Osteoarthritis Causes And Treatment
Osteoarthritis is a form of arthritis that is more common and often occurs in the joints of the hands, hips, and knees. With age, the cartilage in the joint begins to break down, and the underlying bone begins to change. In most cases, symptoms develop, which worsens the situation and increases the severity of the disease. Pain, stiffness, swelling, and in some cases disabling, and some become unable to carry out daily tasks or work.
With age, erosion occurs in the cartilage lining the joint (which allows the joint to move easily) and this erosion occurs slowly, as the erosion of the cartilage causes the bones of the joint to rub against each other; This causes pain and swelling in the movement of the joint, and the eroded pieces of cartilage may separate and impede the movement of the bones, which leads to increased pain, swelling and stiffness.
Osteoarthritis Risk Factors:
- Older age because they used their joints longer.
- Women are more likely to develop osteoporosis than men, especially after the age of 50.
- Having a family history of osteoarthritis.
- Being overweight or obese: Excess weight can worsen arthritis in the weight-bearing joints (eg: knees, hips, and spine).
- Joint injury: Joints that are injured, damaged, or previously injected with steroids are likely to be affected.
- People who work in jobs that require performing the same movement in any part of the body more than once in the same manner.
- Pain in the joints with movement and exertion begins to subside when resting, but in the advanced stages of the disease the pain extends and increases more during the night.
- Joint stiffness and usually lasts less than 30 minutes in the morning or after resting for a while.
- Swelling in and around the joint, especially after moving the joint a lot.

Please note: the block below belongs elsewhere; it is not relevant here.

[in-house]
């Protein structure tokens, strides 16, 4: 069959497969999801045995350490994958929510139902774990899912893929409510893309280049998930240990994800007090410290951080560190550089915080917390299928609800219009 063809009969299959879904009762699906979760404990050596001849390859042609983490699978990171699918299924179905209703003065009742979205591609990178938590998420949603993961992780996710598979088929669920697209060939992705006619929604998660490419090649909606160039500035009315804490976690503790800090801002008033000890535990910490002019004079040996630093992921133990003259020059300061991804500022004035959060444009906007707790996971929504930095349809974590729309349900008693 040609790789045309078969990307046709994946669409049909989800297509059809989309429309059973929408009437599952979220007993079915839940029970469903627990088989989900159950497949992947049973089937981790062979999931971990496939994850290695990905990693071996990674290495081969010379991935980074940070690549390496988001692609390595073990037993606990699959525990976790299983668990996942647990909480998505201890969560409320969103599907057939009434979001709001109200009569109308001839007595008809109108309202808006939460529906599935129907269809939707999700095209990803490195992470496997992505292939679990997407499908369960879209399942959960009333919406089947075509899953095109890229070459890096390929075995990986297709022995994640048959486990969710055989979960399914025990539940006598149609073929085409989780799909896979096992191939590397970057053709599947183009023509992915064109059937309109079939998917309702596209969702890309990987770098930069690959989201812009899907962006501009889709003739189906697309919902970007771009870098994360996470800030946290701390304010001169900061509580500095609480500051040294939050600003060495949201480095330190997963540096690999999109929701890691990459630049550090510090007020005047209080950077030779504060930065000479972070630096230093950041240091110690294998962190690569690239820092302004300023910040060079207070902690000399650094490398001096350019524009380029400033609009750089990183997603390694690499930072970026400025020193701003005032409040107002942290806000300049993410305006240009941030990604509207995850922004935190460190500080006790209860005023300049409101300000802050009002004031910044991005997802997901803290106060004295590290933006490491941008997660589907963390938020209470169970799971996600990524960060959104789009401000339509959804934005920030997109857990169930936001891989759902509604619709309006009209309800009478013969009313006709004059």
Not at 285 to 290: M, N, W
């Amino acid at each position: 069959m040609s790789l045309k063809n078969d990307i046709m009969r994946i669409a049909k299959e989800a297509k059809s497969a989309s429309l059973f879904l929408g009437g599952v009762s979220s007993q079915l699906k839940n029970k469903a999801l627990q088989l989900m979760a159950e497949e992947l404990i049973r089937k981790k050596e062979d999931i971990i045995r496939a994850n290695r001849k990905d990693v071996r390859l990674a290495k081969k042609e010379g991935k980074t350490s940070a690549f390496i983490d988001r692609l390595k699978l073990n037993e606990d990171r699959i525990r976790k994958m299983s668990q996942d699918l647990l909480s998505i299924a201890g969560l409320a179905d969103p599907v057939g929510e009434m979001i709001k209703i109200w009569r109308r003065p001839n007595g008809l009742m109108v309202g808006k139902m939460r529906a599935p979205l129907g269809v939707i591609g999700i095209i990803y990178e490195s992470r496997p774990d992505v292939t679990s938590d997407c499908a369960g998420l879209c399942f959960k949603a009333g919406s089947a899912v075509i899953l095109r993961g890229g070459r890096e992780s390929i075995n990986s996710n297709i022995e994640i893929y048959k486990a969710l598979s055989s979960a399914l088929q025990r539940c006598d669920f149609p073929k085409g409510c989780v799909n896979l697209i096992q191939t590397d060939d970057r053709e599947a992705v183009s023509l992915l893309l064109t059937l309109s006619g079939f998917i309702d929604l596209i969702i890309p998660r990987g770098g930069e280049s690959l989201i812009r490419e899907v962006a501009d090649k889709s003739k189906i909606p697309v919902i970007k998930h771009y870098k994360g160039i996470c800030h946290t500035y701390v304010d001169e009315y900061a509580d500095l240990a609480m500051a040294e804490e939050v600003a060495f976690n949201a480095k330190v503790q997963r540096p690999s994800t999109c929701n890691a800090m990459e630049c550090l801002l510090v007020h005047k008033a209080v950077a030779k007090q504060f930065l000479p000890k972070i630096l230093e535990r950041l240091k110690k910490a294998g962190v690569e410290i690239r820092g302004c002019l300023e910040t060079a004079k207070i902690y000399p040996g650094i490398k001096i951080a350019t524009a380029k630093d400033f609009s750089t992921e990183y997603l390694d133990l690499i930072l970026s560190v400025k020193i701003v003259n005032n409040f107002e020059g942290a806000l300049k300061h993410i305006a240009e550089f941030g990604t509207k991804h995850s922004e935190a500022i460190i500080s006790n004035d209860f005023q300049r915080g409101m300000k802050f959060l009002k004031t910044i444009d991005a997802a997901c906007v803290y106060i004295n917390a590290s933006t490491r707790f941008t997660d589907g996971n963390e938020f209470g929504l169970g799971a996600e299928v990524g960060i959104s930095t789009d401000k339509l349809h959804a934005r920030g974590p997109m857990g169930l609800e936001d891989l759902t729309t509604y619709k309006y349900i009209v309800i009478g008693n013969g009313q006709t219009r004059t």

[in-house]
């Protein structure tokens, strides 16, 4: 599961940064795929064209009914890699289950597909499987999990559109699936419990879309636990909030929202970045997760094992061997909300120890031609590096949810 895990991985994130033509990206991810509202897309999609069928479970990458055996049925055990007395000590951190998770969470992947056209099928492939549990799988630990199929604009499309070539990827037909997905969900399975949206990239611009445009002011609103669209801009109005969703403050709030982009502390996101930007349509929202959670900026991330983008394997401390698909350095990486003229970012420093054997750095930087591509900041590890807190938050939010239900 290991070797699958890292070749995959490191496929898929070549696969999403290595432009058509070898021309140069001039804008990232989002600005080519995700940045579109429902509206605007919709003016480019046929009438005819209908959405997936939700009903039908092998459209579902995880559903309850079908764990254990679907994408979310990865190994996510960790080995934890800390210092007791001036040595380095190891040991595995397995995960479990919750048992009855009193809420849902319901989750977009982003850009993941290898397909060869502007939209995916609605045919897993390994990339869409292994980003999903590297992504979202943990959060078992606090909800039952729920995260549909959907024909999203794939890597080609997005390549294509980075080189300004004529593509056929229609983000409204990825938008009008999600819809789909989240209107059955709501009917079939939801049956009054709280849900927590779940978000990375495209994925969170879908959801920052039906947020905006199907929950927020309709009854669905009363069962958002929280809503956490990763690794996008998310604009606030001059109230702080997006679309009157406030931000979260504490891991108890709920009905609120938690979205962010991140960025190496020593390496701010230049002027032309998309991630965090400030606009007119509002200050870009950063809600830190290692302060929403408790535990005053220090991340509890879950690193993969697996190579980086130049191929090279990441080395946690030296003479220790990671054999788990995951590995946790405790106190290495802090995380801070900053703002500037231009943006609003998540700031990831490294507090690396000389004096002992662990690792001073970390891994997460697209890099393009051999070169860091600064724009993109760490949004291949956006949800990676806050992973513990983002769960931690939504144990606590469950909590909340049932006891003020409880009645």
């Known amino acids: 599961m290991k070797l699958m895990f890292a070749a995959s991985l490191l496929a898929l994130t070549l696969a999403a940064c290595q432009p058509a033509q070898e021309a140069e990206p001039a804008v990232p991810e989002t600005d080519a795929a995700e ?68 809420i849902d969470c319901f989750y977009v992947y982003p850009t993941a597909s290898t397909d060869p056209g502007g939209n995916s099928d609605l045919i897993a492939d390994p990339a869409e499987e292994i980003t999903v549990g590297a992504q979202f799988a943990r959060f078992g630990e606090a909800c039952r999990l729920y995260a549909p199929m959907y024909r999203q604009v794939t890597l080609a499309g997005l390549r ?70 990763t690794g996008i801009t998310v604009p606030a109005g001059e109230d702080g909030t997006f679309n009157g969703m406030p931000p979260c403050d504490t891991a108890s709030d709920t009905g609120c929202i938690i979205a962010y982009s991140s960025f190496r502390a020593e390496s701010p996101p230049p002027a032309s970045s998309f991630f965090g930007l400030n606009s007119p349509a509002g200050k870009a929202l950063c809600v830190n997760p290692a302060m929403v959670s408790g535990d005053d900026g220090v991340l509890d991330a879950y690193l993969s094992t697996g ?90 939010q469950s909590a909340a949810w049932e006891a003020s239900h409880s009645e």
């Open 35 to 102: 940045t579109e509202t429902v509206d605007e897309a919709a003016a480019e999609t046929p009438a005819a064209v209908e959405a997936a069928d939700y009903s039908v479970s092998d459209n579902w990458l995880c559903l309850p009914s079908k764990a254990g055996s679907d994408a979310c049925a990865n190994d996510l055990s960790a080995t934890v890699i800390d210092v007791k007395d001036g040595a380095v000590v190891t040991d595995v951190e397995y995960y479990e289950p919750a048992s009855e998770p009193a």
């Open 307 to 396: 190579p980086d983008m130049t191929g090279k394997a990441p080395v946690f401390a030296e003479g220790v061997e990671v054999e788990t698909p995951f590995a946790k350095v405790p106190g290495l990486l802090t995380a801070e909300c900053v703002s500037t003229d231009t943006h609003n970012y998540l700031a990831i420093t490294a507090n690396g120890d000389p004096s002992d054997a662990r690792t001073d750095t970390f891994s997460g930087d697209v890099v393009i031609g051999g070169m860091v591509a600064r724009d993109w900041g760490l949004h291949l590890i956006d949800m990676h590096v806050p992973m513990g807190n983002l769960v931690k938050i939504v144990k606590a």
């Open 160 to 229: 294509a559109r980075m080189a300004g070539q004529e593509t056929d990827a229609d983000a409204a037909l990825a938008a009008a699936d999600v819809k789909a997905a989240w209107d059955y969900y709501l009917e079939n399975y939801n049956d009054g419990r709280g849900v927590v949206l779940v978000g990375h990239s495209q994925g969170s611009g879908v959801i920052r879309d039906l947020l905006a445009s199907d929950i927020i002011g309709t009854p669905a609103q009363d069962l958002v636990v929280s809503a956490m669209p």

- Impairment in the ability to move the joint.
- Feeling that the joint is unstable.
- Hearing a sound when moving the joint.
- As symptoms worsen over time, it may be difficult to do some activities (eg: climbing stairs).
- The pain and other symptoms of osteoarthritis can make you feel tired, have trouble sleeping, and feel depressed.
When to see a doctor:
- When you have symptoms of arthritis (eg: pain, stiffness or swelling in one or more joints).
- Arthritis has many types, and there may be more than one type at a time.
Through the doctor, the medical history and physical examination are carried out, and the doctor may do x-rays on the joint or blood laboratory tests; To rule out other forms of arthritis, do an MRI of the joint, or take a sample of joint fluid to rule out other causes of joint pain (such as infection or gout).
- Although many people with osteoarthritis have no symptoms, progressive joint failure can eventually lead to pain and disability.
- Patients with chronic arthritis, especially the joints of the lower extremities, who do not exercise, have an increased risk of developing cardiovascular disease.
- Obese people who have arthritis are at an increased risk of developing the disease.
- Vitamin D deficiency may lead to the development of osteoarthritis.
Prevention of Osteoarthritis:
- Avoid obesity and maintain an appropriate healthy weight by eating healthy food that does not lead to weight gain.
- Maintain physical activity.
- Quit Smoking
- Protect the joints from injuries by doing special exercises for them.
- Ensure that the work site is free from falling hazards and that it has the space, equipment and tools appropriate to your physical ability.
- See your doctor right away if your joints are swollen, warm, or red, as they may have an infection.
- Relief of pain and other symptoms.
- Improve joint function.
- Prevent the disease from getting worse.
- Maintain the quality of your life.
- Exercising can reduce joint pain and stiffness and increase flexibility and muscle strength. Talk to a professional about a safe exercise program. Remember to start an exercise program slowly and take the time to adjust to the new level of activity.
- Reducing weight to help reduce stress on the joints, reduce pain, prevent further injury, and improve movement in the joint.
- Prevent further injury and improve mobility in the joints.
- Using special devices to support the movement of the bones (such as crutches).
- Some people may need medications to help control symptoms such as pain.
- Your doctor may recommend surgery if all other treatments tried haven't helped your arthritis.